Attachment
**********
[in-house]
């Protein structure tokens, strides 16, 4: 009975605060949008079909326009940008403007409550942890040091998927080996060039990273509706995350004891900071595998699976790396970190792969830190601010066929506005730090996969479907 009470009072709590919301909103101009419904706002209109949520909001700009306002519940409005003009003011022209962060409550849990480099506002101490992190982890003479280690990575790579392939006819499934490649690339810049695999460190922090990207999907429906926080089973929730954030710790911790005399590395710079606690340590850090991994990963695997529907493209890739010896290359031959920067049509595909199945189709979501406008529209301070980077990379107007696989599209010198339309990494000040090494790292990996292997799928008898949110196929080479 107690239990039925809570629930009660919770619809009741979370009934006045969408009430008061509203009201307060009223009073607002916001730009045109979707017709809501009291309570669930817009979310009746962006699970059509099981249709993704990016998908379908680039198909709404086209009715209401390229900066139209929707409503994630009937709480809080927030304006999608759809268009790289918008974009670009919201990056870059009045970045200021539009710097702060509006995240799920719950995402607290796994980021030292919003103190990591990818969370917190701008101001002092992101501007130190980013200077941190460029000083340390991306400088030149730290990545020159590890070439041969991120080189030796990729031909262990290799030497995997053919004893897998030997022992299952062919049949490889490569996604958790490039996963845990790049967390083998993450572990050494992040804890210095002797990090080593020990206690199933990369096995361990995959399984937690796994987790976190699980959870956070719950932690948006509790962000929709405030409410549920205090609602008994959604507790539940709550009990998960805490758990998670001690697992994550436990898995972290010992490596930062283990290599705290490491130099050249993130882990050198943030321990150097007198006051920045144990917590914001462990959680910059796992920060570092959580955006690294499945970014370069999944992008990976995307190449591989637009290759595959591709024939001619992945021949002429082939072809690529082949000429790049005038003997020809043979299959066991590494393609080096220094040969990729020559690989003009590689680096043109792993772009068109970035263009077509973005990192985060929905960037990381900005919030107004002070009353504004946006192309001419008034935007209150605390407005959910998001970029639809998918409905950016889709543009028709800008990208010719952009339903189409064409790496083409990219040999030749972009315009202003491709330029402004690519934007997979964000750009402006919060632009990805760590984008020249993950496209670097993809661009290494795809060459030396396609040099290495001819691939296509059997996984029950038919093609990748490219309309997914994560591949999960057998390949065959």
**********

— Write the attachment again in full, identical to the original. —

[in-house]
């Protein structure tokens, strides 16, 4: 009975605060949008079909326009940008403007409550942890040091998927080996060039990273509706995350004891900071595998699976790396970190792969830190601010066929506005730090996969479907 009470009072709590919301909103101009419904706002209109949520909001700009306002519940409005003009003011022209962060409550849990480099506002101490992190982890003479280690990575790579392939006819499934490649690339810049695999460190922090990207999907429906926080089973929730954030710790911790005399590395710079606690340590850090991994990963695997529907493209890739010896290359031959920067049509595909199945189709979501406008529209301070980077990379107007696989599209010198339309990494000040090494790292990996292997799928008898949110196929080479 107690239990039925809570629930009660919770619809009741979370009934006045969408009430008061509203009201307060009223009073607002916001730009045109979707017709809501009291309570669930817009979310009746962006699970059509099981249709993704990016998908379908680039198909709404086209009715209401390229900066139209929707409503994630009937709480809080927030304006999608759809268009790289918008974009670009919201990056870059009045970045200021539009710097702060509006995240799920719950995402607290796994980021030292919003103190990591990818969370917190701008101001002092992101501007130190980013200077941190460029000083340390991306400088030149730290990545020159590890070439041969991120080189030796990729031909262990290799030497995997053919004893897998030997022992299952062919049949490889490569996604958790490039996963845990790049967390083998993450572990050494992040804890210095002797990090080593020990206690199933990369096995361990995959399984937690796994987790976190699980959870956070719950932690948006509790962000929709405030409410549920205090609602008994959604507790539940709550009990998960805490758990998670001690697992994550436990898995972290010992490596930062283990290599705290490491130099050249993130882990050198943030321990150097007198006051920045144990917590914001462990959680910059796992920060570092959580955006690294499945970014370069999944992008990976995307190449591989637009290759595959591709024939001619992945021949002429082939072809690529082949000429790049005038003997020809043979299959066991590494393609080096220094040969990729020559690989003009590689680096043109792993772009068109970035263009077509973005990192985060929905960037990381900005919030107004002070009353504004946006192309001419008034935007209150605390407005959910998001970029639809998918409905950016889709543009028709800008990208010719952009339903189409064409790496083409990219040999030749972009315009202003491709330029402004690519934007997979964000750009402006919060632009990805760590984008020249993950496209670097993809661009290494795809060459030396396609040099290495001819691939296509059997996984029950038919093609990748490219309309997914994560591949999960057998390949065959």